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The Arts > Culinary > Chef Michael Toscano of Le Farfalle

Chef Michael Toscano of Le Farfalle

by Stacy Huggins


“I become obsessive when I’m passionate about something,” says Chef Michael Toscano.

That statement can be applied to seemingly all areas of Toscano’s life. He is a driven and talented man who has accomplished more at 31 years old than many can hope to in an entire career. With his wife and co-owner Caitlin at his side, Toscano has brought his vision for high-level cuisine in an approachable osteria to life in Harleston Village.

farfalle-70-copyGrowing up, Toscano was surrounded by great food. “My mother cooks amazing Mexican food; my father is great at frying a whole fish or cooking steaks or smoking barbecue, and our fun was always surrounded by a meal…Food was always a part of my life without me knowing it,” he says.

Toscano was a natural athlete, first playing competitive baseball and then seriously pursuing golf. He took a job as a cart boy at his golf course to gain unlimited access to the links. Then he started watching Iron Chef Japan, with its obscure, exotic challenge ingredients. He began taking all his questions to the club chef and soon found himself trading his cart boy duties for a spot in the kitchen. He started out washing dishes and worked his way up with the same drive he had previously applied to golf.


He actually turned down a golf scholarship for an American Culinary Federation Apprenticeship through Pinehurst Resort in N.C. His drive and passion catapulted him through the program, graduating a semester early to leave for New York and begin his career. He mused that perhaps this all came about because cooking came more naturally to him than golf did. “It’s one of my biggest passions, putting together food and making people happy by eating my food.”blank space filler


Toscano was invited to cook at the Charleston Wine + Food Festival, and after returning the following two years, he was hooked.


“Meeting all the chefs, seeing the lifestyle down here, the great food that already existed, it checked all the boxes I needed to move,” he says. “We realized that there’s life outside of New York and that we had to get out of New York City when we had our second child.” That’s when they decided to call Charleston home.blank space filler


“We looked for eight months until we found this spot…we were starting to get a little frustrated, with little things not working out…and then we came across this space.” He was intrigued by the light as the sun set against the building and knew it was the perfect space. Toscano jumped on the space immediately and locked it down within a week’s time.


Michael and Caitlin first began working together when they opened Eataly in New York City. “She was the general manager and I was the chef. They gave us a hard time about [working together], like ‘it doesn’t work,’ and ‘you can’t do it.’ We had the best time ever.”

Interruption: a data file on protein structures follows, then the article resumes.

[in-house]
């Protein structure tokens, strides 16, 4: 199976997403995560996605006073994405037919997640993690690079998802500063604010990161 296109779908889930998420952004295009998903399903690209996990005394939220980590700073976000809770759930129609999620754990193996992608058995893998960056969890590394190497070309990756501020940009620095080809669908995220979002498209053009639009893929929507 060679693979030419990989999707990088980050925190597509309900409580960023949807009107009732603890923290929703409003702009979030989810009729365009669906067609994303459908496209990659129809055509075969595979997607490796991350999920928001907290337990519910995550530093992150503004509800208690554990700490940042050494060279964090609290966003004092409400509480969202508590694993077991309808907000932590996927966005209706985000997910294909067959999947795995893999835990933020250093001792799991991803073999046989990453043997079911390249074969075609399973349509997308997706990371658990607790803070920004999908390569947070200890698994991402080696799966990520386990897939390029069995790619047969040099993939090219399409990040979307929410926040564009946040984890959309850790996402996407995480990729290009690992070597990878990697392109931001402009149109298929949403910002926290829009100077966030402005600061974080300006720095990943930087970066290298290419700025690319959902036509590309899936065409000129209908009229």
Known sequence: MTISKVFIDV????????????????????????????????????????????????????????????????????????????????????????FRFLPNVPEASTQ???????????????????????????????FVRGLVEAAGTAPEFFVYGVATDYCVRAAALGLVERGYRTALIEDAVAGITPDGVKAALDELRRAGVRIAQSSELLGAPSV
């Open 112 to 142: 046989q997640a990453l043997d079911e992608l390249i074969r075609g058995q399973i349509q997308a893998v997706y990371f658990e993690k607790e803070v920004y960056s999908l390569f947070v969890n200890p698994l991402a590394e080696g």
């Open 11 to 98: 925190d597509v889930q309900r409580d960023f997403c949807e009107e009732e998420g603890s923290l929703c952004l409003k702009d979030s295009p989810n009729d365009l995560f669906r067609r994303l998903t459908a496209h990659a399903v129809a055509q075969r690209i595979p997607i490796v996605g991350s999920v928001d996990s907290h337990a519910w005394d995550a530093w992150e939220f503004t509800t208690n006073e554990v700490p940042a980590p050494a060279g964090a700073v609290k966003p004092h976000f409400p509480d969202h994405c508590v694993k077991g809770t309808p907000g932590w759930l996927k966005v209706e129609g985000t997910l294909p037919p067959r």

“Granted we run the business together, but it’s separated enough where we’re not both in the kitchen. I’m doing my part, she does her part. The part that I’m not doing…who do I trust more than her? It’s perfect; it really works out.”


Toscano brought the majority of his kitchen team from New York, including bar manager Brad Goocher, which made the process much more smooth. Charleston wasn’t a hard sell either. “They were all ready to get out and see something different,” he says. He views his kitchen as an incubator and training ground for future chefs, where they’ll experience every aspect of the kitchen and leave ready to step into any fine dining kitchen anywhere.

GM Anthony Merlino had been living in Charleston for three months when he ran into Toscano, and they hit it off straightaway. They knew about one another in New York, where Merlino ran the Baccarat Hotel, but never formally met. It was a hand-in-glove fit.


Le Farfalle is the manifestation of “how Caitlin and I like to dine, the kind of food I like to cook,” and he’s pleased with the huge range the space and menu offer. “It can be your every night restaurant or your blow-out anniversary meal, whatever you want it to be…that’s exciting for me,” Toscano says.

The restaurant’s transformation is stunning for those of us who recall the long ago days when Vickery’s inhabited this location. The main entry brings you through the garden for an enchanting entrance into the bright and airy, contemporary bar and dining rooms. Le Farfalle feels luxe but unpretentious; even the music choice is a little unexpected, sprinkled with some post-punk tunes that make the whole experience more accessible.



Michael and Caitlin build their family time right into the restaurant. “That was the big draw of coming here, having the kids grow up in the restaurant.”


Michael and Caitlin Toscano

After school, the children come to Le Farfalle, where they regularly have dinner as a family. “That just wasn’t possible in New York…to have them come in and this be their home also, it’s huge for us.”

Welcome home.

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The Octopus Carpaccio is a bright, fresh, garlicky delight, a pleasing combination of flavors that is easy to share and impossible to put down.


farfalle-56Order the Fazzoletti Verde with Ragu Bolognese for a robust and deep flavored sauce that’s in perfect contrast to the stunning bite and texture of the pasta. Pair with a big red wine for culinary Heaven on earth.



by Stacy Huggins
From ART MAG 2016 Fall Issue


Chef Michael Toscano

Le Farfalle
15 Beaufain Street, Charleston






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Posted in Culinary on October 4, 2016 (Fall 2016) by Matt Mill.

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